Estimating switching costs with market share data: an application to Medicare Part D
Jungwon Yeo and
Daniel P. Miller
International Journal of Industrial Organization, 2018, vol. 61, issue C, 459-501
Choice inertia and switching frictions are well-documented features of the demand for health insurance. In this paper, we estimate switching costs in the Medicare Part D market with aggregate market share data using standard discrete choice models for differentiated products. We consider various modelling assumptions: myopic and forward-looking consumers, and with and without random coefficients. Both myopic and forward-looking consumer models with no random coefficients yield switching cost estimates that closely match the actual average switching frequency, with implied dollar-valued switching costs of $1600 to $2000. We find the inclusion of random coefficients to the myopic consumer model results in smaller estimates of switching costs, but only at the expense of the model’s fit to the switching frequency. The estimated welfare losses from switching frictions are large, but they are smaller under the forward-looking consumer model, amounting to around $500 per enrollee annually, compared to over $1000 under the myopic model.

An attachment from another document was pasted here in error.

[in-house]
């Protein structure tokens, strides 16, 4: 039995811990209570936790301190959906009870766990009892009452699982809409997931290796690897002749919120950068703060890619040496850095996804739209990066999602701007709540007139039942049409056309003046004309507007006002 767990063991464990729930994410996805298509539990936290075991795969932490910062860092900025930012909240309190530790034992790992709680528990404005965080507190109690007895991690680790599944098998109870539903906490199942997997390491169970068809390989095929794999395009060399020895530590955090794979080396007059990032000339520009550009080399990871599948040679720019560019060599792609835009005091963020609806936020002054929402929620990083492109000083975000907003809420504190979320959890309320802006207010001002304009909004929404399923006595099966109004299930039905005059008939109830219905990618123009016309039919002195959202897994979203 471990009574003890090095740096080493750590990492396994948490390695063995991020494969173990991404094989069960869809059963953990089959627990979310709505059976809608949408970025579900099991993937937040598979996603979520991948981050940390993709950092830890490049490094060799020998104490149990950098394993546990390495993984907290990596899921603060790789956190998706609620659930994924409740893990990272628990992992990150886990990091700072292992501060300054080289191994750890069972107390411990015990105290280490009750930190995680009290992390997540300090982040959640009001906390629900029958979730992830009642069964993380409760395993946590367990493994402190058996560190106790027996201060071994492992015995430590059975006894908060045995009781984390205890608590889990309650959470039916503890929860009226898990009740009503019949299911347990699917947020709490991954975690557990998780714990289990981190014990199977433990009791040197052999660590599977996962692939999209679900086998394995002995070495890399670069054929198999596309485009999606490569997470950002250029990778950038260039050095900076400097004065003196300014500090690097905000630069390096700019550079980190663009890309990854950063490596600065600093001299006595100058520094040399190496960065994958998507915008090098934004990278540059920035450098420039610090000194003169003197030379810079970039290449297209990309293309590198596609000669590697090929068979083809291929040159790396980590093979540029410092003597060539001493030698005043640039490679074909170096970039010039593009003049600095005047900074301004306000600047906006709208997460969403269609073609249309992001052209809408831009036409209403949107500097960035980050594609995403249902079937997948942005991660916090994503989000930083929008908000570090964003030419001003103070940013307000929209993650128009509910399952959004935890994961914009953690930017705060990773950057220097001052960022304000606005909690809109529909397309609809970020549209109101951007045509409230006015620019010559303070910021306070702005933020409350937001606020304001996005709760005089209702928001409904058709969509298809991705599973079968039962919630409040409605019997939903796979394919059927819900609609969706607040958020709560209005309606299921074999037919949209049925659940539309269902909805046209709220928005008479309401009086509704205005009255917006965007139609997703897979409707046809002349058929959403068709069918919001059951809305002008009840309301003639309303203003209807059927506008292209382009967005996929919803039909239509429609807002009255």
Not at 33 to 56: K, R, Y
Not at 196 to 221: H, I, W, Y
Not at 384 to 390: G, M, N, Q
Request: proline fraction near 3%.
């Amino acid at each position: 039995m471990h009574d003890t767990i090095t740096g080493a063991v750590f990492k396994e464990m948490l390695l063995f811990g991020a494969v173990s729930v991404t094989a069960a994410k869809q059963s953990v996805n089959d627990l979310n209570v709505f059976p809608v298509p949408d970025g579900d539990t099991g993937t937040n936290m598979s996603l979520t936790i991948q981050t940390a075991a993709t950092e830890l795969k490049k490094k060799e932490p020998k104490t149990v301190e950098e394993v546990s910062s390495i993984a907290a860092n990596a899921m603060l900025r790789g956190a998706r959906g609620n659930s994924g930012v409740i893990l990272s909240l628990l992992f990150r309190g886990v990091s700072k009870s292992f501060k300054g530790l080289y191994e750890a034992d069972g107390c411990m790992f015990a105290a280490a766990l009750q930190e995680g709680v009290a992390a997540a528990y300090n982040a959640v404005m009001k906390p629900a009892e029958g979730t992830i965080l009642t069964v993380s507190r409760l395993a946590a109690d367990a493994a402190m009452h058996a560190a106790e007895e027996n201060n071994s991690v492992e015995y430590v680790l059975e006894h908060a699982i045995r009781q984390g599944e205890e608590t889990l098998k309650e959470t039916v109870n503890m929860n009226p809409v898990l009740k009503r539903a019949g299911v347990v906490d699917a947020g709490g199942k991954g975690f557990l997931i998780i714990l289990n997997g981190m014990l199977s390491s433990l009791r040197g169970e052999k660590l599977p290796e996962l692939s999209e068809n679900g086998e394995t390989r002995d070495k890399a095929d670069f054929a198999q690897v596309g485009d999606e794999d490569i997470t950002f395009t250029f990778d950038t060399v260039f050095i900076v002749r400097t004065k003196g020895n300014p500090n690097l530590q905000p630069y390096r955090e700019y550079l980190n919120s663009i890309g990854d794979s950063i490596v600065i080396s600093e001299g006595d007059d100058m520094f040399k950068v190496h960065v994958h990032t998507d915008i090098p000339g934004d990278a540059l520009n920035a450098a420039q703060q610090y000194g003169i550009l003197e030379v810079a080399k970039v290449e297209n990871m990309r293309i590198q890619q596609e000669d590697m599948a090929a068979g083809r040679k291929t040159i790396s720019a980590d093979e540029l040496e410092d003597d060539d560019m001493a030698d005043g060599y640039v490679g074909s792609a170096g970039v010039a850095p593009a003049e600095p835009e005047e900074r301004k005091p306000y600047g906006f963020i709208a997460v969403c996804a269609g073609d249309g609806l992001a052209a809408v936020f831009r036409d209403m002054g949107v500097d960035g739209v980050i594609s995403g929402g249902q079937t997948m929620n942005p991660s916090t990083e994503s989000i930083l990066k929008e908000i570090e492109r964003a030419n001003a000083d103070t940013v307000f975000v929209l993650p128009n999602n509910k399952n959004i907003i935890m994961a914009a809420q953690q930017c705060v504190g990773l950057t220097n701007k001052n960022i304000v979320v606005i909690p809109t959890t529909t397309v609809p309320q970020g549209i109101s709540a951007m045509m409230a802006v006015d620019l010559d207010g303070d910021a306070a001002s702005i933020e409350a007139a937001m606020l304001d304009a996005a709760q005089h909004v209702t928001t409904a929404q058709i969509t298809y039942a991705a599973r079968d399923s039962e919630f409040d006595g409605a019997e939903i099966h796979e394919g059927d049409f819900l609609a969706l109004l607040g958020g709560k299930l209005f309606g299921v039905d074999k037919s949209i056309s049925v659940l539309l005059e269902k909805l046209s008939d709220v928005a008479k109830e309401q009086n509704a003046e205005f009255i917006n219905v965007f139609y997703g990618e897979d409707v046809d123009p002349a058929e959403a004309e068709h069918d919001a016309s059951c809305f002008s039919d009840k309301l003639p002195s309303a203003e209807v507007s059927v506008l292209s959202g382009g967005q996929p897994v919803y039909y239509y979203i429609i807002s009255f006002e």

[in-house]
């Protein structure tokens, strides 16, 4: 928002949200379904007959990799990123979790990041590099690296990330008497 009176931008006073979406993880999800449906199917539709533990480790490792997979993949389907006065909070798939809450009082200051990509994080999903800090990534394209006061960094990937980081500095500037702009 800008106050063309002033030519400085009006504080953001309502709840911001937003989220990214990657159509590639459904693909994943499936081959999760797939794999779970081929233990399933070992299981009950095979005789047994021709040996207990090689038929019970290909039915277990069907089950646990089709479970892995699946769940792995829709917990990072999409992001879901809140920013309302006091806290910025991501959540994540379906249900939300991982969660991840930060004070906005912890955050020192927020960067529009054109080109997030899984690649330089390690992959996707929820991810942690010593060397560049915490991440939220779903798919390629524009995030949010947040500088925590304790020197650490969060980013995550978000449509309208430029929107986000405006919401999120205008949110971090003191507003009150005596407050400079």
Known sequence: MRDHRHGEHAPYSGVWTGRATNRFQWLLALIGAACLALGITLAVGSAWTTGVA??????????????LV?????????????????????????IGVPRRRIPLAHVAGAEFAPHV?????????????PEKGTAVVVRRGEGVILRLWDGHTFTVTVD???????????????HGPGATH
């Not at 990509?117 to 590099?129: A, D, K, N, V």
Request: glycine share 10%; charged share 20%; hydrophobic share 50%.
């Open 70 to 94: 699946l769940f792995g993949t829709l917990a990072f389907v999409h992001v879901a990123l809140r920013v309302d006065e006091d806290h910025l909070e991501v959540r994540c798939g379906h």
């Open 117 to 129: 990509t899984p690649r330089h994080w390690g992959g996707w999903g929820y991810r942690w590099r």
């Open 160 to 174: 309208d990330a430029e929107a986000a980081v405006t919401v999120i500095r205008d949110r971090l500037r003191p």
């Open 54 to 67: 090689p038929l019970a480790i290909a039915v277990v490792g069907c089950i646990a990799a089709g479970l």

Keywords: Switching costs; Discrete choice model; Medicare part D (search for similar items in EconPapers)
JEL-codes: I13 L88 (search for similar items in EconPapers)
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Persistent link: https://EconPapers.repec.org/RePEc:eee:indorg:v:61:y:2018:i:c:p:459-501
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